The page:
UW-Platteville students pitch their prototype at the WiSys Prototype Hackathon
Although the WiSys Prototype Hackathon seemed to transpire effortlessly in its third year of existence, effort was certainly not lacking in the student prototypes that were presented at UW-Platteville in April. The event allowed 21 students across nine different teams to implement their critical and creative thinking skills into the development and demonstration of a commercially relevant prototype.
At the event, students had the chance to compete for a $1,000 prize. Even further, the first place team was presented the opportunity to be accepted into the WiSys portfolio for potential intellectual property protection. Additionally, $500 was at stake for the second place team and $250 for third place.
With only two days allotted for research, development, and production of their prototype, each team worked diligently with the help of UW-Platteville's lab spaces to cultivate their ideas and bring those ideas into their first stages of life. While the ideas were developed almost entirely on their own, during these two critical days of work, students had the opportunity to meet with UW-Platteville consultants to discuss where their prototypes could fit into the commercial world.
From eyeware to infant care, students from diverse educational backgrounds developed unique and inventive products to present to the panel of judges.
Within the bounds of a stringent five minute presentation time, students were forced to streamline their ideas while ensuring that they relay the key points of relevance, communicating where and how they would succeed in the market.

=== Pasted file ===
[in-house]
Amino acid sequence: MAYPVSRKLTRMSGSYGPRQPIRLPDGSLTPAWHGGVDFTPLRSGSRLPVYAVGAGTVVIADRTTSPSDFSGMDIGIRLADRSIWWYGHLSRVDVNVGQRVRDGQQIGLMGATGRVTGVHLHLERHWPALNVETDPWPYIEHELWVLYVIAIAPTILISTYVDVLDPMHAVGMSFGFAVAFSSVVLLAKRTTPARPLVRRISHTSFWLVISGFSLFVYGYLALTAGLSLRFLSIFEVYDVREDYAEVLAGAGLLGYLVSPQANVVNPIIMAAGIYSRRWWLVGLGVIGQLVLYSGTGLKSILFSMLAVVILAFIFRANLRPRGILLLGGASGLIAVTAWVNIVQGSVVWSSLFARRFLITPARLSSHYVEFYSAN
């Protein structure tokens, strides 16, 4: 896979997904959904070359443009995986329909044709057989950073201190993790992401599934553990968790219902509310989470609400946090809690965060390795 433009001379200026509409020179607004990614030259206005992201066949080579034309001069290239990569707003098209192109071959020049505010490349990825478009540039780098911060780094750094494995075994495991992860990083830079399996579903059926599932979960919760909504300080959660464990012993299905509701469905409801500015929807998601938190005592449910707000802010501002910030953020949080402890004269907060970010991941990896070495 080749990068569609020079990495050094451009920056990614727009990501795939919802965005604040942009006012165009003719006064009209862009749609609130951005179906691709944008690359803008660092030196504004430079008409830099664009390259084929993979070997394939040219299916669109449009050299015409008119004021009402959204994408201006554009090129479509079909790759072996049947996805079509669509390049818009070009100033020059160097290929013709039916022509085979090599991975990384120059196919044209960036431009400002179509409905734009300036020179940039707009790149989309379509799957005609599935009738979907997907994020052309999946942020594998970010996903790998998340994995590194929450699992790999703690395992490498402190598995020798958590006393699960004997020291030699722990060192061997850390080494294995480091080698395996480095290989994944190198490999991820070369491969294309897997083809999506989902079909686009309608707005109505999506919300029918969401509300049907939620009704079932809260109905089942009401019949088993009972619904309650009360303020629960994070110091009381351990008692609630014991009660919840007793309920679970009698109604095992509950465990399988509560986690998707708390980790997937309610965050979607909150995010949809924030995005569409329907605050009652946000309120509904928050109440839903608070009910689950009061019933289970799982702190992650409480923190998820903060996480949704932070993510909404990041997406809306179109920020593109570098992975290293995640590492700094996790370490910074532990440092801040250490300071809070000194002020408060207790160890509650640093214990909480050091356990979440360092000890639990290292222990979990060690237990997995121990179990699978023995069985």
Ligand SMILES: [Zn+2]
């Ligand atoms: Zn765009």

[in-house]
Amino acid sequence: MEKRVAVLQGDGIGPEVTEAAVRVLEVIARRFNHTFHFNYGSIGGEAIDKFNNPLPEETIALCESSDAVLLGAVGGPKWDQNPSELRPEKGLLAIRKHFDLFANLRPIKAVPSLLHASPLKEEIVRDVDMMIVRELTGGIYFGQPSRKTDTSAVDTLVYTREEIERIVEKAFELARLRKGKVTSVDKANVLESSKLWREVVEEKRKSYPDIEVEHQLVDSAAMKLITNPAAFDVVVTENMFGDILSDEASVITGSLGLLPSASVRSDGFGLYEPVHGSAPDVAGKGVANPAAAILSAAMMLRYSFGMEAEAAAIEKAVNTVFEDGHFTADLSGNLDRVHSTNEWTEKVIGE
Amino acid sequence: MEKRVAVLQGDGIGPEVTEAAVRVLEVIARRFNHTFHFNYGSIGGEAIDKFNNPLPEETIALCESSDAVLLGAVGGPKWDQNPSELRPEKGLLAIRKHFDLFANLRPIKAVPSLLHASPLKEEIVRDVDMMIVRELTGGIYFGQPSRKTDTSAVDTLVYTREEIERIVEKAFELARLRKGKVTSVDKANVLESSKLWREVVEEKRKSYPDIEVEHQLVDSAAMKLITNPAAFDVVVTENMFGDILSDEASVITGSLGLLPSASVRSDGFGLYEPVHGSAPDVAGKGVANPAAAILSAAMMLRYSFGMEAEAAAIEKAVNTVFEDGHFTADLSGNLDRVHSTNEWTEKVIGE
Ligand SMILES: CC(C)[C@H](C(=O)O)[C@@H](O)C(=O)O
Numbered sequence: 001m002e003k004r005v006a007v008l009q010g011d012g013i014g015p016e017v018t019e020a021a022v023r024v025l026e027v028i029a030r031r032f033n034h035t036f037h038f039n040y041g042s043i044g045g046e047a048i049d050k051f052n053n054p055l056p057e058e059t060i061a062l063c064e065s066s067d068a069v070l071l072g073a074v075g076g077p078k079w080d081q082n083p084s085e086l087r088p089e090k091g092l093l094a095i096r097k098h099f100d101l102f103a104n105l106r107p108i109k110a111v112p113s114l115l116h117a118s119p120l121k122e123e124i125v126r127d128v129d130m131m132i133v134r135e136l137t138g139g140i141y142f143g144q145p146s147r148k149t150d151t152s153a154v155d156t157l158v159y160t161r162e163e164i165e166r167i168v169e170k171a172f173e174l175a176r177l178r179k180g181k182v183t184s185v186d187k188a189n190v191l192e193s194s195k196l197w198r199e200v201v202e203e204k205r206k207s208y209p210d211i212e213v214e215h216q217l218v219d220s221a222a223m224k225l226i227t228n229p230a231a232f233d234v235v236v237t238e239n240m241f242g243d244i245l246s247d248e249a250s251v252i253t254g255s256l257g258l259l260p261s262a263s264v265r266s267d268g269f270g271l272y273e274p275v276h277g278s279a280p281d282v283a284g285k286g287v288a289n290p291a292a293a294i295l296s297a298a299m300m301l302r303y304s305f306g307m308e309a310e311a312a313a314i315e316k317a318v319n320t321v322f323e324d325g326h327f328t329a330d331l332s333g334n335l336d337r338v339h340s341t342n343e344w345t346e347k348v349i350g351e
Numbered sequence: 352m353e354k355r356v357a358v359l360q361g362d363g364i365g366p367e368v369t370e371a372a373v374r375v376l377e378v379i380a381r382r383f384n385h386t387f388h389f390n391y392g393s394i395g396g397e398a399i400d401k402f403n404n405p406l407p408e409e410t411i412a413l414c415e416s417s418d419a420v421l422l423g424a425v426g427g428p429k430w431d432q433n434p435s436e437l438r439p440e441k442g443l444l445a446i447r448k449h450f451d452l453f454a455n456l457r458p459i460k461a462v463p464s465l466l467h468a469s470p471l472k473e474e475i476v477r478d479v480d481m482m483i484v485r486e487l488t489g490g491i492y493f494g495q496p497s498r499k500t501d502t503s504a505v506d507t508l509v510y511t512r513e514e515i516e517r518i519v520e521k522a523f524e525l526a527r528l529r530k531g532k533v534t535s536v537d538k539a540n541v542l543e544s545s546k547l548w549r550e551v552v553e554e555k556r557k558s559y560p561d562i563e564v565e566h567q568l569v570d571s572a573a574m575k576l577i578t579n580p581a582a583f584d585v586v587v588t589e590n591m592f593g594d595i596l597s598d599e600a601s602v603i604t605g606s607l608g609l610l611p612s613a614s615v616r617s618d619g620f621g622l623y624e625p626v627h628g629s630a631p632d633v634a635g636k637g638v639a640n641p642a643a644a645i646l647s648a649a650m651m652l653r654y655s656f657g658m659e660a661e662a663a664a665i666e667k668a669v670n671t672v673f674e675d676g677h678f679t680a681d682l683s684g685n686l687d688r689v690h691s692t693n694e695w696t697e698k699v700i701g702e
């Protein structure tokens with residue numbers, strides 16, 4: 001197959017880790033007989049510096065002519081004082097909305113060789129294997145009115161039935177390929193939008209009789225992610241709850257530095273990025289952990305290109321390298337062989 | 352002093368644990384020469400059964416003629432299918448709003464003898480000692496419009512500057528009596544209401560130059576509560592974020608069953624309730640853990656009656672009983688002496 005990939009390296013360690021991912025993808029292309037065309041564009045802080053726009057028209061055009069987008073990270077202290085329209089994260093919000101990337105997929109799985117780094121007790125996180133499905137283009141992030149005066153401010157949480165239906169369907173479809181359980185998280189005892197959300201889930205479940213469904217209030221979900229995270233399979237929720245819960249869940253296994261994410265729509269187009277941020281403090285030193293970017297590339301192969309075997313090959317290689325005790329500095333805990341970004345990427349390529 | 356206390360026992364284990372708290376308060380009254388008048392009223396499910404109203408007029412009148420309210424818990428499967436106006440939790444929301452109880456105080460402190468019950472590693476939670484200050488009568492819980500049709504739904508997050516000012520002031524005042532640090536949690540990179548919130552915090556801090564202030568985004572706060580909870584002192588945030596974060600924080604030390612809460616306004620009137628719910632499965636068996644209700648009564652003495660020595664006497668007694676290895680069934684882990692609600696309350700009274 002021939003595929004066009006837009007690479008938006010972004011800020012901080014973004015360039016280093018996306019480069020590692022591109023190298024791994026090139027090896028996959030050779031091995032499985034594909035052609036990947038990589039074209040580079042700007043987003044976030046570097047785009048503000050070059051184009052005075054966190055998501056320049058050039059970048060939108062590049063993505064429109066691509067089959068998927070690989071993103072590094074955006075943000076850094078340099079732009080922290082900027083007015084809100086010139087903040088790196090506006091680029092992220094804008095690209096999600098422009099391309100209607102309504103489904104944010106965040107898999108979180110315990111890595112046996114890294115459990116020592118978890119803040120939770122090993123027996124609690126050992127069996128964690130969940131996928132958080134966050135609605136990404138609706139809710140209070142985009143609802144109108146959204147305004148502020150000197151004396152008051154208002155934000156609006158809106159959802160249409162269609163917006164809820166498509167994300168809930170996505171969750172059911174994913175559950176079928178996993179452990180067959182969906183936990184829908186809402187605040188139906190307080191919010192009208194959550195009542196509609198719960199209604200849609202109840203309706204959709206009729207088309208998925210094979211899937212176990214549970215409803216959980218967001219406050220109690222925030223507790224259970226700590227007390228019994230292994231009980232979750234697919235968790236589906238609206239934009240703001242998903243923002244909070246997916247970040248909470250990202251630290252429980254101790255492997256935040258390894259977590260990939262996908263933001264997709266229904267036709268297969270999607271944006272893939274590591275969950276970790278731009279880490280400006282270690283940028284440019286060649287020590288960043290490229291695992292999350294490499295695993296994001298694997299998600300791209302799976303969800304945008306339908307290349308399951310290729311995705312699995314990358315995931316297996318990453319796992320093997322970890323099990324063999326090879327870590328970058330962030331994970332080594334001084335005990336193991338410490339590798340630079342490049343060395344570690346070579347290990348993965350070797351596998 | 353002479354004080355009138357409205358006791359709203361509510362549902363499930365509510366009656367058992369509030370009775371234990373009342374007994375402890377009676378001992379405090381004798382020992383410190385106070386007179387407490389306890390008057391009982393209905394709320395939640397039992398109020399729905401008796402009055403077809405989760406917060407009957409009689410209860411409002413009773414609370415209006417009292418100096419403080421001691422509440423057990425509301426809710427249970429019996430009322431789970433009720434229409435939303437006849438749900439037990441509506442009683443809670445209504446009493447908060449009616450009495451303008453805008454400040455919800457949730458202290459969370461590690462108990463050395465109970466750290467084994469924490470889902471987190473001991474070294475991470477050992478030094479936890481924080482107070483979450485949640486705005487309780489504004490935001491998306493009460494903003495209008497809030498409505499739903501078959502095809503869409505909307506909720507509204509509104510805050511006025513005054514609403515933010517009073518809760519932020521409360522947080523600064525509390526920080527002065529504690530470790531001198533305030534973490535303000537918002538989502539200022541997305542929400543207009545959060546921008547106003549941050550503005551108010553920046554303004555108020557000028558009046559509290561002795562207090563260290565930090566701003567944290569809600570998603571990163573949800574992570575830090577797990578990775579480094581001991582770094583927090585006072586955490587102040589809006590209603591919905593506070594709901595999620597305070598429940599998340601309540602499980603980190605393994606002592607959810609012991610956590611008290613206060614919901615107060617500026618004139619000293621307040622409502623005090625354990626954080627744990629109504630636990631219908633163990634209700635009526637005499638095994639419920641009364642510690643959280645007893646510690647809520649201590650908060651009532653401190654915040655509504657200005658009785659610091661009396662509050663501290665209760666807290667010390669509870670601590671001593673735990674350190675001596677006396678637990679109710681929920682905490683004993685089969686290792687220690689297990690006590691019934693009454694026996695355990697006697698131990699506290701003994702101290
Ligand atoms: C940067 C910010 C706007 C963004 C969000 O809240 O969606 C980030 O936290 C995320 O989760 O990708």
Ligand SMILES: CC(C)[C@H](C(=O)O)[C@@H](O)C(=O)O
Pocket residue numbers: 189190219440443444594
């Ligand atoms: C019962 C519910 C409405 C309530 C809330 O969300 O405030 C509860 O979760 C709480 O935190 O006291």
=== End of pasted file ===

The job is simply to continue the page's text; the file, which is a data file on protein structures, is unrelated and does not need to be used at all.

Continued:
While all nine groups presented upstanding prototypes, the judges felt that three prototypes in particular stood out above the rest.
First place, $1,000, and the chance to be accepted into the WiSys portfolio was awarded to Elysian Eyewear. The dynamic duo of Doug Steinberg and Alan Pflaum developed a method to create 3D printed glasses that are customized for the wearer. This method accounts for asymmetry in the face, different face sizes, reduces pinch points, and prevents sliding of the glasses among other things. Steinberg and Pflaum also presented their business plan during the 2018 Wisconsin Big Idea Tournament.
The title of second place and $500 cash prize was granted to Caleb Dykema, the one-man team who made up 1Swipe. Caleb developed a mounted prototype that allows one to erase an entire whiteboard in one swipe while still allowing the user to selectively erase small amounts as well.
Jacob Rand took third place and a $250 prize. Jacob developed a fun, interactive, and educational toilet paper dispenser in the shape of a frog’s head. Froggy Time guides a child through the process of using the bathroom and is meant to aid the child and parent during the potty training process.
About the Prototype Hackathon competition
The annual WiSys Prototype Hackathon began in 2016, when WiSys’ UW-Platteville Student Ambassadors came up with the idea as a way to utilize the University’s facilities and allow students to exhibit their talents.
WiSys is a 501 (c)(3) supporting organization of the University of Wisconsin System. WiSys supports 11 four-year universities, 13 freshman-sophomore UW College campuses and statewide UW-Extension to identify innovative technologies and bring them to the marketplace